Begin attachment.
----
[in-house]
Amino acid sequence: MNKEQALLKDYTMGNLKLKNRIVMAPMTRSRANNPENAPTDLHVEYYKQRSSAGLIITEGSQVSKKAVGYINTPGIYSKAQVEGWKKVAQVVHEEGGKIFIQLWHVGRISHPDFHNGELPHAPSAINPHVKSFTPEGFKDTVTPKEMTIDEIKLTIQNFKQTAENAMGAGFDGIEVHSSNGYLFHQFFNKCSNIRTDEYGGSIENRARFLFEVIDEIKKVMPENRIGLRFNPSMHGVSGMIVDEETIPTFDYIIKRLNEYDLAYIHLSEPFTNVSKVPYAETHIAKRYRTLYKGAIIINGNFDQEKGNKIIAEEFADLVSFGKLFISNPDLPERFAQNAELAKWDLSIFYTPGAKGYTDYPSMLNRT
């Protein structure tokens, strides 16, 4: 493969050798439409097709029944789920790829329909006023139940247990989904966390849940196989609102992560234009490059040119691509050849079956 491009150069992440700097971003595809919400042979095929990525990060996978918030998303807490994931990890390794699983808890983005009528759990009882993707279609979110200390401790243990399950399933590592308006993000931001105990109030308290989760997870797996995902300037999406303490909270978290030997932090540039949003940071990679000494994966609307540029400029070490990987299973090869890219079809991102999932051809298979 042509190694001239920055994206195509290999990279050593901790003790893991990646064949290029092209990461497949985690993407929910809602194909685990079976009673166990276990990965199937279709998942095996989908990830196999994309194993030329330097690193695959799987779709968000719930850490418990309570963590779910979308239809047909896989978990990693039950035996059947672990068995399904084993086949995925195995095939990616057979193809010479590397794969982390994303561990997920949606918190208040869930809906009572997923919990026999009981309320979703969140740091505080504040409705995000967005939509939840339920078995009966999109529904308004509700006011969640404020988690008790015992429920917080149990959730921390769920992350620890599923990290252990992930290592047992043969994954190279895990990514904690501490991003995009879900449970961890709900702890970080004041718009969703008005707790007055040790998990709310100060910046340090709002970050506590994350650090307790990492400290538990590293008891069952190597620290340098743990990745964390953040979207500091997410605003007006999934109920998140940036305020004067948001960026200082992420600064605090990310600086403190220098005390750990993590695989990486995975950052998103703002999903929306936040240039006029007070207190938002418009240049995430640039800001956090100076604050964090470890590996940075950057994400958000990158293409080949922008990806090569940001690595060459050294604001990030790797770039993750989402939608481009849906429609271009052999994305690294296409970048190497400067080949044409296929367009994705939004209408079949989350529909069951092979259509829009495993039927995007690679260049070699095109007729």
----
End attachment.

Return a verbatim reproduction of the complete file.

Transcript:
[in-house]
Amino acid sequence: MNKEQALLKDYTMGNLKLKNRIVMAPMTRSRANNPENAPTDLHVEYYKQRSSAGLIITEGSQVSKKAVGYINTPGIYSKAQVEGWKKVAQVVHEEGGKIFIQLWHVGRISHPDFHNGELPHAPSAINPHVKSFTPEGFKDTVTPKEMTIDEIKLTIQNFKQTAENAMGAGFDGIEVHSSNGYLFHQFFNKCSNIRTDEYGGSIENRARFLFEVIDEIKKVMPENRIGLRFNPSMHGVSGMIVDEETIPTFDYIIKRLNEYDLAYIHLSEPFTNVSKVPYAETHIAKRYRTLYKGAIIINGNFDQEKGNKIIAEEFADLVSFGKLFISNPDLPERFAQNAELAKWDLSIFYTPGAKGYTDYPSMLNRT
């Protein structure tokens, strides 16, 4: 493969050798439409097709029944789920790829329909006023139940247990989904966390849940196989609102992560234009490059040119691509050849079956 491009150069992440700097971003595809919400042979095929990525990060996978918030998303807490994931990890390794699983808890983005009528759990009882993707279609979110200390401790243990399950399933590592308006993000931001105990109030308290989760997870797996995902300037999406303490909270978290030997932090540039949003940071990679000494994966609307540029400029070490990987299973090869890219079809991102999932051809298979 042509190694001239920055994206195509290999990279050593901790003790893991990646064949290029092209990461497949985690993407929910809602194909685990079976009673166990276990990965199937279709998942095996989908990830196999994309194993030329330097690193695959799987779709968000719930850490418990309570963590779910979308239809047909896989978990990693039950035996059947672990068995399904084993086949995925195995095939990616057979193809010479590397794969982390994303561990997920949606918190208040869930809906009572997923919990026999009981309320979703969140740091505080504040409705995000967005939509939840339920078995009966999109529904308004509700006011969640404020988690008790015992429920917080149990959730921390769920992350620890599923990290252990992930290592047992043969994954190279895990990514904690501490991003995009879900449970961890709900702890970080004041718009969703008005707790007055040790998990709310100060910046340090709002970050506590994350650090307790990492400290538990590293008891069952190597620290340098743990990745964390953040979207500091997410605003007006999934109920998140940036305020004067948001960026200082992420600064605090990310600086403190220098005390750990993590695989990486995975950052998103703002999903929306936040240039006029007070207190938002418009240049995430640039800001956090100076604050964090470890590996940075950057994400958000990158293409080949922008990806090569940001690595060459050294604001990030790797770039993750989402939608481009849906429609271009052999994305690294296409970048190497400067080949044409296929367009994705939004209408079949989350529909069951092979259509829009495993039927995007690679260049070699095109007729």